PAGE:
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When:
2 August, 2016

Location:
Carslaw Lecture Theatre 175

Organised by:
USYD Geoscience Society


Title: A geological perspective on the Anthropocene
When: August 2, 2016 @ Carslaw Lecture Theatre 175, 2-3pm

Dr Sabin Zahirovic
School of Geosciences, The University of Sydney

Sabin received his PhD from The University of Sydney in 2015. He currently works as a post-doc at the School of Geosciences, with his research focusing on global and regional plate tectonic reconstructions. Sabin also works with the Deep Carbon Observatory in linking deep-time plate tectonics, the carbon cycle and long-term climate change. As part of his first-year teaching in GEOS1001, Sabin presents a lecture on the Anthropocene from a geological perspective, which forms the inspiration for this introductory talk.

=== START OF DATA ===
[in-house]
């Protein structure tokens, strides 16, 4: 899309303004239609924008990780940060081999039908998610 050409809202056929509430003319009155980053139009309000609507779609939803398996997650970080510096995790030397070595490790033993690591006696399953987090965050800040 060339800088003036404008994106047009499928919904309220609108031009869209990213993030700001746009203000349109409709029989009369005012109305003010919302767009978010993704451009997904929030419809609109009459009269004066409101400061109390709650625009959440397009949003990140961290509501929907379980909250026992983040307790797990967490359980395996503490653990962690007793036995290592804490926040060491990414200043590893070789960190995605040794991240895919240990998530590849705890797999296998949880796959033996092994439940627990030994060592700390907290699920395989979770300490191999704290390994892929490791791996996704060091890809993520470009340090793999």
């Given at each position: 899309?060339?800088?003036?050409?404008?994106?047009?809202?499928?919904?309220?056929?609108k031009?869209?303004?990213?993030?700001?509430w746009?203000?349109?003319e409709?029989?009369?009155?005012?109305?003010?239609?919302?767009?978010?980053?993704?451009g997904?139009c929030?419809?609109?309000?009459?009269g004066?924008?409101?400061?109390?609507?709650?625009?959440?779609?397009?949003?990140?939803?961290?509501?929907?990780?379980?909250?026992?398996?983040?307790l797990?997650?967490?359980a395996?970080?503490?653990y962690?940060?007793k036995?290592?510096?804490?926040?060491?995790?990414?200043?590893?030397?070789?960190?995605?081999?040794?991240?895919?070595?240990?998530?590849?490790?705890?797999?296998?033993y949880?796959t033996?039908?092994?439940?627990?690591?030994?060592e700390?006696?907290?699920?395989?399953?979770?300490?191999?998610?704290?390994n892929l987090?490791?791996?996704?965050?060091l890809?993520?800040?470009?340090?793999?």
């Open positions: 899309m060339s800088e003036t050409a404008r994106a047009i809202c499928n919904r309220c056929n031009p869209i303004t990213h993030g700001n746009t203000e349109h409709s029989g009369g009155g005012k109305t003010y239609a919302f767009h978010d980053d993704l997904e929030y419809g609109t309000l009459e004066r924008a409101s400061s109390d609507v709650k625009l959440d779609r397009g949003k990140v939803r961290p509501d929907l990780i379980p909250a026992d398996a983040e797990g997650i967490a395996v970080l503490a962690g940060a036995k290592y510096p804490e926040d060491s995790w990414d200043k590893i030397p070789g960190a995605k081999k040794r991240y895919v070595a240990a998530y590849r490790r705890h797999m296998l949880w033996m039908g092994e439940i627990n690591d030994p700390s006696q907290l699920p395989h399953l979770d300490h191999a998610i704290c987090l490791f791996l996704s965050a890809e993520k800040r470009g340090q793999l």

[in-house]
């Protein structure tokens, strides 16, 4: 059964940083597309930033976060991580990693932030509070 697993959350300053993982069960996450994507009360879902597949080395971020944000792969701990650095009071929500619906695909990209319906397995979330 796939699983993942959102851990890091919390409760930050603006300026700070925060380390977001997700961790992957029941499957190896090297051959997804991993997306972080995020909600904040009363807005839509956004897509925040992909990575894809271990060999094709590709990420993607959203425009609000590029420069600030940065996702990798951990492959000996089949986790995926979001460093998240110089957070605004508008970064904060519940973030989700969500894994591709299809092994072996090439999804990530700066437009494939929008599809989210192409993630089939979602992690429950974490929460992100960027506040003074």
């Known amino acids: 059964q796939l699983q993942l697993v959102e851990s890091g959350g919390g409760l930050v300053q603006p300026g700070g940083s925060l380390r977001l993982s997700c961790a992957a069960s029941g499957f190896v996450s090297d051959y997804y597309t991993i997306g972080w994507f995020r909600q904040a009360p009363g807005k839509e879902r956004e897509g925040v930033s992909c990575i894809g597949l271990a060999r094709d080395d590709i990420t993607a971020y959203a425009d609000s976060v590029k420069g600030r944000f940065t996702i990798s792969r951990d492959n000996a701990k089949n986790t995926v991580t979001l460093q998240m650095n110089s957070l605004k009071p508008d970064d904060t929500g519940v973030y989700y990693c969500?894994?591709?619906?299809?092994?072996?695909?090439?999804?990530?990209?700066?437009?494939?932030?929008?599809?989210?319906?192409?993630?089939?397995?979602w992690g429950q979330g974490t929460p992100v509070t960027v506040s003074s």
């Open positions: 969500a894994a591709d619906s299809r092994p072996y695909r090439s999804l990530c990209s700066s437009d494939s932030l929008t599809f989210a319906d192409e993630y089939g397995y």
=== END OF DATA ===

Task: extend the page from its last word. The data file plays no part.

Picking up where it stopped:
Title: A geological perspective on the Anthropocene
When: August 2, 2016 @ Carslaw Lecture Theatre 175, 2-3pm

The Anthropocene has been proposed as a new epoch within the geological time scale. As the dominant species, we have been engineering the environment to sustain ever-growing populations, and in doing so, we have contributed to fundamental changes in the Earth system. Our activities and the resulting environmental changes are being captured by the geological record, such as the incorporation of anthropogenic lead, plastics, radioactive isotopes and other components into the sedimentary record. In this introductory talk I will cover the origins of the human species, and how we have left a permanent mark on the planet. In addition, I will discuss what parameters and markers in stratigraphy can be used to define the onset of the Anthropocene.